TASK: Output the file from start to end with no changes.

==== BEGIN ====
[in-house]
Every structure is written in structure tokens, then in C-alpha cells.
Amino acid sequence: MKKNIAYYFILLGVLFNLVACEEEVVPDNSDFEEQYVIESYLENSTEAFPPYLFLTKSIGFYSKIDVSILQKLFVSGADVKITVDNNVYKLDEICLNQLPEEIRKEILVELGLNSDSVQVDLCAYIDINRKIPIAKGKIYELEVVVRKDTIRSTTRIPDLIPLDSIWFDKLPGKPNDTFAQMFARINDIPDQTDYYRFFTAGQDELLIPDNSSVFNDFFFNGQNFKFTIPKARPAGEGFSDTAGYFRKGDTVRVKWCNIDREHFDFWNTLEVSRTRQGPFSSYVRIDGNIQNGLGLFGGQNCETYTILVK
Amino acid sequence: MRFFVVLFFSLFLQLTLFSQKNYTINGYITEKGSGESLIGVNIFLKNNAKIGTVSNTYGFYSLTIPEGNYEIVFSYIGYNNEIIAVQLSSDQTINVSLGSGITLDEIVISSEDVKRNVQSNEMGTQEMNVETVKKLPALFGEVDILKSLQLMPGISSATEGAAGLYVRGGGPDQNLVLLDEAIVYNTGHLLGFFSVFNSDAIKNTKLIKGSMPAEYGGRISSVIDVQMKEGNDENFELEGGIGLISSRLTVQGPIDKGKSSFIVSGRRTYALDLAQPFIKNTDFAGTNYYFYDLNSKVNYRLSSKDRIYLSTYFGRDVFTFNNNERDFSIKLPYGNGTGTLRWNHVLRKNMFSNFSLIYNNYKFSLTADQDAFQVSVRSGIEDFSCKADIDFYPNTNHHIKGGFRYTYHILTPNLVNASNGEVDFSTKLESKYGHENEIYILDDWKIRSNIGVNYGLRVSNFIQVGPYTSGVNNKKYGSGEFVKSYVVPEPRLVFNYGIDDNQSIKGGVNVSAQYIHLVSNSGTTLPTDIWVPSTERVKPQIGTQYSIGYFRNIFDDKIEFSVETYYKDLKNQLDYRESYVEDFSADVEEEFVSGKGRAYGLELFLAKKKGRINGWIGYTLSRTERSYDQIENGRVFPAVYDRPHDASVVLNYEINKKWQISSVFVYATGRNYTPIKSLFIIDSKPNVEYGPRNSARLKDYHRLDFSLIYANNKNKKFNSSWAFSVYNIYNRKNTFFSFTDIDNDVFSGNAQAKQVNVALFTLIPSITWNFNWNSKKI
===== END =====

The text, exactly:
[in-house]
Every structure is written in structure tokens, then in C-alpha cells.
Amino acid sequence: MKKNIAYYFILLGVLFNLVACEEEVVPDNSDFEEQYVIESYLENSTEAFPPYLFLTKSIGFYSKIDVSILQKLFVSGADVKITVDNNVYKLDEICLNQLPEEIRKEILVELGLNSDSVQVDLCAYIDINRKIPIAKGKIYELEVVVRKDTIRSTTRIPDLIPLDSIWFDKLPGKPNDTFAQMFARINDIPDQTDYYRFFTAGQDELLIPDNSSVFNDFFFNGQNFKFTIPKARPAGEGFSDTAGYFRKGDTVRVKWCNIDREHFDFWNTLEVSRTRQGPFSSYVRIDGNIQNGLGLFGGQNCETYTILVK
Amino acid sequence: MRFFVVLFFSLFLQLTLFSQKNYTINGYITEKGSGESLIGVNIFLKNNAKIGTVSNTYGFYSLTIPEGNYEIVFSYIGYNNEIIAVQLSSDQTINVSLGSGITLDEIVISSEDVKRNVQSNEMGTQEMNVETVKKLPALFGEVDILKSLQLMPGISSATEGAAGLYVRGGGPDQNLVLLDEAIVYNTGHLLGFFSVFNSDAIKNTKLIKGSMPAEYGGRISSVIDVQMKEGNDENFELEGGIGLISSRLTVQGPIDKGKSSFIVSGRRTYALDLAQPFIKNTDFAGTNYYFYDLNSKVNYRLSSKDRIYLSTYFGRDVFTFNNNERDFSIKLPYGNGTGTLRWNHVLRKNMFSNFSLIYNNYKFSLTADQDAFQVSVRSGIEDFSCKADIDFYPNTNHHIKGGFRYTYHILTPNLVNASNGEVDFSTKLESKYGHENEIYILDDWKIRSNIGVNYGLRVSNFIQVGPYTSGVNNKKYGSGEFVKSYVVPEPRLVFNYGIDDNQSIKGGVNVSAQYIHLVSNSGTTLPTDIWVPSTERVKPQIGTQYSIGYFRNIFDDKIEFSVETYYKDLKNQLDYRESYVEDFSADVEEEFVSGKGRAYGLELFLAKKKGRINGWIGYTLSRTERSYDQIENGRVFPAVYDRPHDASVVLNYEINKKWQISSVFVYATGRNYTPIKSLFIIDSKPNVEYGPRNSARLKDYHRLDFSLIYANNKNKKFNSSWAFSVYNIYNRKNTFFSFTDIDNDVFSGNAQAKQVNVALFTLIPSITWNFNWNSKKI